Krishna Deva's reign was the most successful period in the military field for the Vijayanagara Empire. He was very skillful in modifying his strategies during battles to adapt quickly to the situation, the basis of his successes. The first part of his reign was characterized as a period of great sieges, multitudinous battles and overwhelming victories. His main enemies were the Gajapati of Orissa (at war with Vijayanagara since the time of Saluva Narasimha), the sultanates of the Deccan and, at first, also the Portuguese, for he feared their naval power and was suspicious of their intentions. However, through a series of commercial pacts, he finally ceded the city of Goa to them and established a system of regular trade. Thanks to this alliance, the Portuguese gained direct and privileged access to spices and oriental products and Vijayanagara received military supplies and horses in exchange. The good relations between the two empires were key in the victories against the Muslim sultanates of the north, considered by both the common enemy to destroy.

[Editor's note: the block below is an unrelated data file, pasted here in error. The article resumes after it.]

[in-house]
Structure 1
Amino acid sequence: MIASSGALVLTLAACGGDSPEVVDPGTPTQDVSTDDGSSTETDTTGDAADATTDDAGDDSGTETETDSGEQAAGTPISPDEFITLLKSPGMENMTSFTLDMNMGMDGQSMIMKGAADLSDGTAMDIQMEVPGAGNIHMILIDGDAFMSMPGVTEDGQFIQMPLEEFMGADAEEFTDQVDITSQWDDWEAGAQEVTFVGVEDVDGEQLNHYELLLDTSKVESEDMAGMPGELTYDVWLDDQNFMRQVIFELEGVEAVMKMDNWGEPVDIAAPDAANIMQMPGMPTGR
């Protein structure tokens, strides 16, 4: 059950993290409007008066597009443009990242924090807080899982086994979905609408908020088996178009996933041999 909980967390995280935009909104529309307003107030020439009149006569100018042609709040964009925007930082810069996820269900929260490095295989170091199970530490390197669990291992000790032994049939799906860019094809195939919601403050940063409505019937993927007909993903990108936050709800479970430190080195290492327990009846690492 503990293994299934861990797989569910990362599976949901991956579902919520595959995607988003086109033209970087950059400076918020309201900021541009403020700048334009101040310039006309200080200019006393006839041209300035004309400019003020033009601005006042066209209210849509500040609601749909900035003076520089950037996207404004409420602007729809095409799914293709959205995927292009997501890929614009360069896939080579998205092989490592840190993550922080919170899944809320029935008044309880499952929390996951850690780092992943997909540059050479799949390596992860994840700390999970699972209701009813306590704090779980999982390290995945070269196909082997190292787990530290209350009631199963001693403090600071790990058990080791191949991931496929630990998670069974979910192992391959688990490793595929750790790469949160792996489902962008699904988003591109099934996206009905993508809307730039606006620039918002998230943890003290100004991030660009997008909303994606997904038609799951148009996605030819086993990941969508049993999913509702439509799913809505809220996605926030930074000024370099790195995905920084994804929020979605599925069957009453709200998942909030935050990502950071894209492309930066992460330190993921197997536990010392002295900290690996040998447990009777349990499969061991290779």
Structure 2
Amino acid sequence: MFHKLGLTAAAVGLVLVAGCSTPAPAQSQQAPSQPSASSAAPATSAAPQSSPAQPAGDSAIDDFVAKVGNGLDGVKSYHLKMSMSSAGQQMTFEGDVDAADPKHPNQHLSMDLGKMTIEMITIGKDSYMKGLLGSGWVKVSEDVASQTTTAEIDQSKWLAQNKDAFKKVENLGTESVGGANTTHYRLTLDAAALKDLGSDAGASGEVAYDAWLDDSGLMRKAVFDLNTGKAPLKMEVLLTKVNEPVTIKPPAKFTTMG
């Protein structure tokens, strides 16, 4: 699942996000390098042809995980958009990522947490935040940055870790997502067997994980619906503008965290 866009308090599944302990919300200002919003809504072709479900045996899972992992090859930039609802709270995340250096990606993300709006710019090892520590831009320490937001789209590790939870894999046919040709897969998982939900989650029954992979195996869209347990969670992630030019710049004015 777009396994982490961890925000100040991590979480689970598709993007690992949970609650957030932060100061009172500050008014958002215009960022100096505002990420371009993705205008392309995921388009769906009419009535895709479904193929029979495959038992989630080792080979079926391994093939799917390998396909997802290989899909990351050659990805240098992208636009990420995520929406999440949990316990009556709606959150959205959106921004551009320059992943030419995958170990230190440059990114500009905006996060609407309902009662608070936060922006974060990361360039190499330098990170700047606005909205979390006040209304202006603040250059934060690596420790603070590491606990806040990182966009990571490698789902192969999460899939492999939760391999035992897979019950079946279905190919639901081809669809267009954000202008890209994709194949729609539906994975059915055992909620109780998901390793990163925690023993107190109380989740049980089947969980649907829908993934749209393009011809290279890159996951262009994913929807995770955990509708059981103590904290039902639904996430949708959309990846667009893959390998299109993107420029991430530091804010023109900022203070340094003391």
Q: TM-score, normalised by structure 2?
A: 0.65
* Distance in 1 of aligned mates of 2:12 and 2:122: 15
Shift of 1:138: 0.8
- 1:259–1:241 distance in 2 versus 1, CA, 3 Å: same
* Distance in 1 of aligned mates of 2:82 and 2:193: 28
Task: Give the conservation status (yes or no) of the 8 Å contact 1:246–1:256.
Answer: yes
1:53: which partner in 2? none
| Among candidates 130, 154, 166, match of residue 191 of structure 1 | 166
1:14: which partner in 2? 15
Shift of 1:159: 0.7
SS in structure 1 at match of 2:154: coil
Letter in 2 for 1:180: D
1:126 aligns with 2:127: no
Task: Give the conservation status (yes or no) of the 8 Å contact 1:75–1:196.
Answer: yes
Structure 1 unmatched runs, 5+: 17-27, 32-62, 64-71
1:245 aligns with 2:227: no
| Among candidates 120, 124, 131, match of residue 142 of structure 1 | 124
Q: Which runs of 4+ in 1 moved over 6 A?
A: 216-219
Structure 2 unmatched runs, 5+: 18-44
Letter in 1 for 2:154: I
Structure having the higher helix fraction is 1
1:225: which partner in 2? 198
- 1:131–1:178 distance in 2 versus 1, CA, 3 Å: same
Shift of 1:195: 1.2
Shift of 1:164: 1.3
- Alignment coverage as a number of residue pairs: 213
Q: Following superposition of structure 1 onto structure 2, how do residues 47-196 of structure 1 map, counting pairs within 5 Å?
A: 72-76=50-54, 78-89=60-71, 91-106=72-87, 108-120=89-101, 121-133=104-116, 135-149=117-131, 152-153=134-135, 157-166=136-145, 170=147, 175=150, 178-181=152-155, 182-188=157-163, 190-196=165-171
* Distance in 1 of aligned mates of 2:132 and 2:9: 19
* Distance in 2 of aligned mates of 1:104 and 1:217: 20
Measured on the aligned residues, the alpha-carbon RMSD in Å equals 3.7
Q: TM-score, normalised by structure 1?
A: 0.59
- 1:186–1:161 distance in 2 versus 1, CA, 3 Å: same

Religious wars

The punitive expeditions, razzias and plundering to which the Bahmani Sultanate and his heirs periodically subjected Vijayanagara were eliminated from the root. As soon as Krishna Deva came to power, he led his armies towards Bijapur and confronted Sultan Mahmud, whom he captured. General Yusuf Adil Khan was killed in battle and Krishna Deva annexed the territories under his command.

Taking advantage of the weakness and disunity among his enemies, he attacked the regions of Bidar, Gulbarga and Bijapur and placed them under the direct control of the sultan, thus making him his vassal. This earned Krishna Deva the title of Founder of the Yavana Kingdom.